There are many forms of stress and the World Health Organization (WHO) estimates that it costs American businesses up to $300 billion a year in lost productivity, absences, and associated disability costs.
Stress results in a lack of focus on the job, increased errors and missed deadlines. When employees are stressed, they can be more irritable, which may result in interpersonal issues with colleagues and can pollute the positive culture of a workplace. In a recent study by the American Psychological Association, financial stress is one of the top sources of stress for North Americans.
With Christmas bills to pay and increased pay cheque deductions for government-sponsored programs such as the Canada Pension Plan and Employment Insurance, employees tend to face additional stress related financial woes early in the new year. This stress hurts a company's bottom line.
According to a Financial Wellness Survey by PricewaterhouseCoopers, 29 percent of employees reported that personal finance issues distracted them at work. The survey also revealed that 48 percent of respondents admitted to taking time off during work hours (2-3 hours per week) to handle their personal finances.
Employees worry about having enough funds for an emergency or unexpected expenses. According to a Purchasing Power survey, 44 percent of employees report that they don't have $2,000 in emergency funds. Some are living pay cheque to pay cheque and they can't keep up with their debt (28 percent struggle to meet household demands). As a result, they worry about their job security. When there is increased financial stress, there is a direct relation to workplace accidents, higher disability costs and higher employee turnover.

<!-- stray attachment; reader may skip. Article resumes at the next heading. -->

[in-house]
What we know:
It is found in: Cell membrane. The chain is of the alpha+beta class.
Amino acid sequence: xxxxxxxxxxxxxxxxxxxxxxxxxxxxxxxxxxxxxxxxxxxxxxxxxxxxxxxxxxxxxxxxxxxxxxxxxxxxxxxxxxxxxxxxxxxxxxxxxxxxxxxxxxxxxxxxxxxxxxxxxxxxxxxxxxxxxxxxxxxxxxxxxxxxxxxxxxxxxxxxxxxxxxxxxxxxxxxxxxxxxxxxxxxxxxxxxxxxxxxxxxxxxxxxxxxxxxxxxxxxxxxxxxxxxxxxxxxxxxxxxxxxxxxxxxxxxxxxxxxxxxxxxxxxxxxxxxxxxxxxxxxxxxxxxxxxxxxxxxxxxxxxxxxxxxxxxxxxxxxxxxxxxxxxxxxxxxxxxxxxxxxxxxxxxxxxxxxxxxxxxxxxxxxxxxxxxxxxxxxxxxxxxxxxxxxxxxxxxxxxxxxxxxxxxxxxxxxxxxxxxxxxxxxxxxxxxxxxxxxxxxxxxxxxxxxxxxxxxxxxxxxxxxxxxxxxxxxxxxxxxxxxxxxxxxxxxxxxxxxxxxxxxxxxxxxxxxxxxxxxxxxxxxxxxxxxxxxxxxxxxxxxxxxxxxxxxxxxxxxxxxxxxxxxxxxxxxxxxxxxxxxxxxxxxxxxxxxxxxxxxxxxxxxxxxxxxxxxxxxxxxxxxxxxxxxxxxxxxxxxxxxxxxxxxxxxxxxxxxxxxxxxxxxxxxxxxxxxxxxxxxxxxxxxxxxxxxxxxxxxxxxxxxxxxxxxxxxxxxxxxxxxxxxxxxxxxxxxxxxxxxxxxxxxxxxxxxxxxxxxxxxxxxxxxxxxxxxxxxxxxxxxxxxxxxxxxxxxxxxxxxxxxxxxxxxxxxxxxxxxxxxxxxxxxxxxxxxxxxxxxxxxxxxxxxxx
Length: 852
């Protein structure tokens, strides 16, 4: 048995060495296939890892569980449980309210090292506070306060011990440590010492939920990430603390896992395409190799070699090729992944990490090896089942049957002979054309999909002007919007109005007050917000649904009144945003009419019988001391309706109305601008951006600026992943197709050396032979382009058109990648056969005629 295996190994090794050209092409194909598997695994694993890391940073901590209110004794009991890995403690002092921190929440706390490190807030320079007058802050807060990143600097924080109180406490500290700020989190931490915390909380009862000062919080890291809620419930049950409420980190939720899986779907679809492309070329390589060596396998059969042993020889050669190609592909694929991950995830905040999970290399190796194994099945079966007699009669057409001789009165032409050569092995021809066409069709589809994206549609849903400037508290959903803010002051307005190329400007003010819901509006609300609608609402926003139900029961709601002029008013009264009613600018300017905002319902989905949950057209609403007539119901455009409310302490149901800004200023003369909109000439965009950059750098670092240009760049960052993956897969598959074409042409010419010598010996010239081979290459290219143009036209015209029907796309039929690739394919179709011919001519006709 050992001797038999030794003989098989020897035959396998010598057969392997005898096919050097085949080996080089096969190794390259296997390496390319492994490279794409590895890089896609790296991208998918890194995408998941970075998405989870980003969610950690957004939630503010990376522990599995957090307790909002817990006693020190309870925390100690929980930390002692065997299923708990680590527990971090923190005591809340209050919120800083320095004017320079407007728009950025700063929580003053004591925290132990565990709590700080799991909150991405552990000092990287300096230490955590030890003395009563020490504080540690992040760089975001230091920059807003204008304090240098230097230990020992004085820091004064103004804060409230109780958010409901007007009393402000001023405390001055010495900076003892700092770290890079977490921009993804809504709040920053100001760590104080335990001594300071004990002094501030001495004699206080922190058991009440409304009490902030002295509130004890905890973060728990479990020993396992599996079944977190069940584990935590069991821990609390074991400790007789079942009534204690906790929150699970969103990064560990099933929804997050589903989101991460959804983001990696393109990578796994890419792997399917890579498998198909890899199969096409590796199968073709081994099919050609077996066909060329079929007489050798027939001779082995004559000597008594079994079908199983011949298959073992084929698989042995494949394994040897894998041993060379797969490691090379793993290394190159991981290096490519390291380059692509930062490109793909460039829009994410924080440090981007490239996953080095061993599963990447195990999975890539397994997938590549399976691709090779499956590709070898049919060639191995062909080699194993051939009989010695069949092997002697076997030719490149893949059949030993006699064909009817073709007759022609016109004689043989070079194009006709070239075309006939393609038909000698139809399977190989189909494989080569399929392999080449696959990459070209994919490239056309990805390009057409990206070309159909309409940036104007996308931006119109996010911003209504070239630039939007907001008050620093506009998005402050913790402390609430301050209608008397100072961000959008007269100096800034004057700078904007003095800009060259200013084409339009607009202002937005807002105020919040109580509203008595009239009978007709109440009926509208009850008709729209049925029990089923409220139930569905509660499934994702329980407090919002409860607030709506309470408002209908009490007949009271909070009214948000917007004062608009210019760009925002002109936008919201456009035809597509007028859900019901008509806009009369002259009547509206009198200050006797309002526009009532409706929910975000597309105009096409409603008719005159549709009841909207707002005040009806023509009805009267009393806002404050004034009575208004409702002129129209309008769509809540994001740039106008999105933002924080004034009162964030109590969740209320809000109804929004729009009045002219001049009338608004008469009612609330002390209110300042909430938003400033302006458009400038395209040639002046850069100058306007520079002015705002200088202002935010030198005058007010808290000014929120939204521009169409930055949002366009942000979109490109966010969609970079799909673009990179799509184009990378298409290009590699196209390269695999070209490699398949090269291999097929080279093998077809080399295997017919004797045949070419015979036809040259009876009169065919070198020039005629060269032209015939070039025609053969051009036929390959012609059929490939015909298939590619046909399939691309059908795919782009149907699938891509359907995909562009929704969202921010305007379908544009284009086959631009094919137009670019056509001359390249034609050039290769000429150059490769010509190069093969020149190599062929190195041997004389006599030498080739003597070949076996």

Employers can help employees reduce financial stress. Here are five tips to consider:
To learn more about workplace solutions to help reduce employee financial stress, please contact us. We're here to help so that you can focus on what you do best.
The month of January is in full swing. Early in the month, many employees made resolutions that they sincerely hope to keep. According to a University of Scranton survey, resolution themes fall into four main categories:
At least 24% of people who make resolutions fail to achieve them each year. What can be done in the workplace to support employees with their new year's goals? People leaders can help employees have a greater success rate with accomplishing their resolutions through increased communication, leading by example, and introducing simple and cost effective solutions.
Here are five tips for creating a workplace environment that gives employees a helping hand with keeping those resolutions:
This list of tips certainly is not exhaustive, but it does create opportunities for leaders to support the goals and resolutions that many employees dearly wish to honour throughout the year. To explore these tips in greater detail or to discuss other group benefit-related solutions for your workplace, we invite you to contact us. We're here to help so you can focus on what you do best.
Dave Dickinson, B.Comm, CFP, CLU, CHFC
Experienced Benefits Specialist ready to optimize your group benefits and pension plans.